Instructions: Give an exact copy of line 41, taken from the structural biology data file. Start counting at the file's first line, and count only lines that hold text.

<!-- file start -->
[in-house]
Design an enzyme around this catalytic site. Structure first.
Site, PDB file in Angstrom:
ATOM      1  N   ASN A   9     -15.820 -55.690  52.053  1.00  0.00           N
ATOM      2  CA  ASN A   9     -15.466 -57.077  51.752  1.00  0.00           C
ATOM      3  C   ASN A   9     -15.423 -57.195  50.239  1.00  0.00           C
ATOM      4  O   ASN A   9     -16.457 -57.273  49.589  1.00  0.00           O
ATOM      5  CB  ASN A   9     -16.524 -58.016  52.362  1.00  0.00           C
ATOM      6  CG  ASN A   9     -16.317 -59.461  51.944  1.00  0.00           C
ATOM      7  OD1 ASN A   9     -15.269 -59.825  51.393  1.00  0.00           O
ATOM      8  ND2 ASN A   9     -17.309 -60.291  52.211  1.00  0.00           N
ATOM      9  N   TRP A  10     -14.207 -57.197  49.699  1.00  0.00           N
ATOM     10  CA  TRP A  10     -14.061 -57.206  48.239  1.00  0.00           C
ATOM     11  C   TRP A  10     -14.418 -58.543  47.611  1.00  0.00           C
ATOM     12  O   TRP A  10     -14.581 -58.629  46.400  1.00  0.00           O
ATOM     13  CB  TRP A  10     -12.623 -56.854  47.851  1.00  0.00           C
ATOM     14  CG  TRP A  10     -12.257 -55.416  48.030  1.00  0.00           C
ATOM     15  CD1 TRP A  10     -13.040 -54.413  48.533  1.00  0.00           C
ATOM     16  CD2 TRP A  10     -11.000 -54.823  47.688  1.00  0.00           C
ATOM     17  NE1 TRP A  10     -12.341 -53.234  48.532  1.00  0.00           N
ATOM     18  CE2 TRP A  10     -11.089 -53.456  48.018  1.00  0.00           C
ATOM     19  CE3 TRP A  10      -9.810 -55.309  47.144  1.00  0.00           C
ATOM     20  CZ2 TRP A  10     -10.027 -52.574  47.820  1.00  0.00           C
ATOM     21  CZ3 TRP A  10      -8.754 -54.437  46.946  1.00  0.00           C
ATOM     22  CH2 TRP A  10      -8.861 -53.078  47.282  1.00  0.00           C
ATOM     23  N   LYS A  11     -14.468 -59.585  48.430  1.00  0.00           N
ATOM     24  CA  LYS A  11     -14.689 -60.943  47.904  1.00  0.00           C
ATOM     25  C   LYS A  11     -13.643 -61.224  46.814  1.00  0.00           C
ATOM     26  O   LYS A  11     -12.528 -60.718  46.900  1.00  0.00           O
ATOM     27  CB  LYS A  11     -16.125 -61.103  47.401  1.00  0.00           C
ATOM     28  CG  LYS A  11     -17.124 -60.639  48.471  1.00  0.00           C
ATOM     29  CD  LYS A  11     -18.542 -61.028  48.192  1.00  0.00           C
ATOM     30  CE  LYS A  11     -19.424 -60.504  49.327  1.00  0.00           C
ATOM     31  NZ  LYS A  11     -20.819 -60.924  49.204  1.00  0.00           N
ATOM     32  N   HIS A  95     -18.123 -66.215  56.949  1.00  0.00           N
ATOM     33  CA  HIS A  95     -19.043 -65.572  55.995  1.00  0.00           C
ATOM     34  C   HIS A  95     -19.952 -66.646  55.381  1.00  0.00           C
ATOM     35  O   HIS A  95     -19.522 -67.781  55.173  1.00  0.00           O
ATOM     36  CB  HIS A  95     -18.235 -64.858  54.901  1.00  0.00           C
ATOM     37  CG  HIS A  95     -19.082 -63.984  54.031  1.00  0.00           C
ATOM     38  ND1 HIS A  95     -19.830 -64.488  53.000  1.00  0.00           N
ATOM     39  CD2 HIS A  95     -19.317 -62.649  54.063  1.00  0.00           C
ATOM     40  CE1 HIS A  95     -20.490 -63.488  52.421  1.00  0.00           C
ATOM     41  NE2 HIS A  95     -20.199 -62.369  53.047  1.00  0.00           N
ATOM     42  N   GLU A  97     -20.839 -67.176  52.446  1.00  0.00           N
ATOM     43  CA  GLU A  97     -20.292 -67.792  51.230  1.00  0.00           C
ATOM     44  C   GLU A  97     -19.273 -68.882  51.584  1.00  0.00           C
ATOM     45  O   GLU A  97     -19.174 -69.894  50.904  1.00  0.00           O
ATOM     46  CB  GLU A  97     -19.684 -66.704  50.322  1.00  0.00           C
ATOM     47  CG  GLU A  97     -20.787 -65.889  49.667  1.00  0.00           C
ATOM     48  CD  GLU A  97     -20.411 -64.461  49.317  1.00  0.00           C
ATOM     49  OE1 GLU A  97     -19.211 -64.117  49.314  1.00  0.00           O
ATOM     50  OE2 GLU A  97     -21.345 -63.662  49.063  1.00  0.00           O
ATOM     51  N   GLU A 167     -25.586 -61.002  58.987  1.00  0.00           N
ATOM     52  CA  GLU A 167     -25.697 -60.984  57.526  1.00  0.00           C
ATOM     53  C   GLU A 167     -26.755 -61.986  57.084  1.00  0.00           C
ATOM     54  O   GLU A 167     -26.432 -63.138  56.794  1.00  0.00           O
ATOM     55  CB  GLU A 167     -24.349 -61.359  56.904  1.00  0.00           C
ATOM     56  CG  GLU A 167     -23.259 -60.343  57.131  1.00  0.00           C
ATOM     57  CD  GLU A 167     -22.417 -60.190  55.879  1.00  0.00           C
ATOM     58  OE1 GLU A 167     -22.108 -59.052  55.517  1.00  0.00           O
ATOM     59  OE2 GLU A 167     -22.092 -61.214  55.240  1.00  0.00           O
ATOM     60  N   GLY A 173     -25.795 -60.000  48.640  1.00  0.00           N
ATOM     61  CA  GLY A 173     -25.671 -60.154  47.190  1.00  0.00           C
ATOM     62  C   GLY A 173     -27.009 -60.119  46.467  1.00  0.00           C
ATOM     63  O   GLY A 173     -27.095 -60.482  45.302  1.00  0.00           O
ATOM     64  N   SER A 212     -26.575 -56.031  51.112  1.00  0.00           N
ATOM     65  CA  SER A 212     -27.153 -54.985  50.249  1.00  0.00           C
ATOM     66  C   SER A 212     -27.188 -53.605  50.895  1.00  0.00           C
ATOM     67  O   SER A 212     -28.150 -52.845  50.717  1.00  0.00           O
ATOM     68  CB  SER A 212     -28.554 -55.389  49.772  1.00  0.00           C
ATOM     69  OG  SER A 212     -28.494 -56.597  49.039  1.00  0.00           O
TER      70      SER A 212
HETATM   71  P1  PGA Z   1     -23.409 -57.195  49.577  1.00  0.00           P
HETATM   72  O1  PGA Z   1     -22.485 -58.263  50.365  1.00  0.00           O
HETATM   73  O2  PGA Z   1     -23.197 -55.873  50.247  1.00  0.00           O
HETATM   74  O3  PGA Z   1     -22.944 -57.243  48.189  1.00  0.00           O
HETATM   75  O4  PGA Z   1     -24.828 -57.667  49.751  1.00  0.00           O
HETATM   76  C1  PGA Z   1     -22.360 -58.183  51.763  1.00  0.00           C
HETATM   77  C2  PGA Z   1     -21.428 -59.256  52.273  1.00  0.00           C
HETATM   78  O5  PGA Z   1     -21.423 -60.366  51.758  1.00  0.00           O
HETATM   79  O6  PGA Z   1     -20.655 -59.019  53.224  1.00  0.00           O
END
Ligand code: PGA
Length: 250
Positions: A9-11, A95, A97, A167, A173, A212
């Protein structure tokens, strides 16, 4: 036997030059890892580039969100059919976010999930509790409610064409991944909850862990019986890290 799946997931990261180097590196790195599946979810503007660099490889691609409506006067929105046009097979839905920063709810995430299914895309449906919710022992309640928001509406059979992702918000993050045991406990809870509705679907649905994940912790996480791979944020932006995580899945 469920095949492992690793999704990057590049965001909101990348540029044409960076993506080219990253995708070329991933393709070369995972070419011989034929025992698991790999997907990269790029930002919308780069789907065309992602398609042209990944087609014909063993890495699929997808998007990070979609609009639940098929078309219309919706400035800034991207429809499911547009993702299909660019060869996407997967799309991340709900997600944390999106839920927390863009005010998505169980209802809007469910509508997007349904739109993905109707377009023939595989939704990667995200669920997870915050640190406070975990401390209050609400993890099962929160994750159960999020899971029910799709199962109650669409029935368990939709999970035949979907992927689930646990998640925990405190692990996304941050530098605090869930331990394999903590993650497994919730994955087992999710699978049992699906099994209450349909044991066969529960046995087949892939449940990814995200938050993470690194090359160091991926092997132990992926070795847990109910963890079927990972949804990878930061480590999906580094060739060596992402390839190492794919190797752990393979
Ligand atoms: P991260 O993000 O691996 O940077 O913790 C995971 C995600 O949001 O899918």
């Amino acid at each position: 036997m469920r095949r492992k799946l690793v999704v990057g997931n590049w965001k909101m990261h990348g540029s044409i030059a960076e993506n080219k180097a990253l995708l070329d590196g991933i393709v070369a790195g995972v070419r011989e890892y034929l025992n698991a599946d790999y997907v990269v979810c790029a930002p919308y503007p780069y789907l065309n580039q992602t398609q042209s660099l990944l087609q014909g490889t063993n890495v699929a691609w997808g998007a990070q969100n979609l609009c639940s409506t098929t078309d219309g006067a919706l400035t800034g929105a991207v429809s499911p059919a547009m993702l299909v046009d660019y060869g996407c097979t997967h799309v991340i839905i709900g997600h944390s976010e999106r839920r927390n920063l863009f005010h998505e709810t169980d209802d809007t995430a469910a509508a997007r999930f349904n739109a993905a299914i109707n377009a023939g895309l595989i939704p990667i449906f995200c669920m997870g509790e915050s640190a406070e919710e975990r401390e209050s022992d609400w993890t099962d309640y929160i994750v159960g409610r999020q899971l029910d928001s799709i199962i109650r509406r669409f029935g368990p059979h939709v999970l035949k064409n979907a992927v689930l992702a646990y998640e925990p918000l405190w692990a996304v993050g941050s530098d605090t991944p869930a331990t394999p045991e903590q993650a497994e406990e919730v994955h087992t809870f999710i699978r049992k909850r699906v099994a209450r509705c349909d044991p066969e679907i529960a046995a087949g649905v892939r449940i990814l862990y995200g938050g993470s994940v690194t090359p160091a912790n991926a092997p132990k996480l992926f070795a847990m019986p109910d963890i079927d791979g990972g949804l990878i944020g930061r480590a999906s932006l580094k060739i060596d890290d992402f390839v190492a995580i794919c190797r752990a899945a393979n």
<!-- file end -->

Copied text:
ATOM     38  ND1 HIS A  95     -19.830 -64.488  53.000  1.00  0.00           N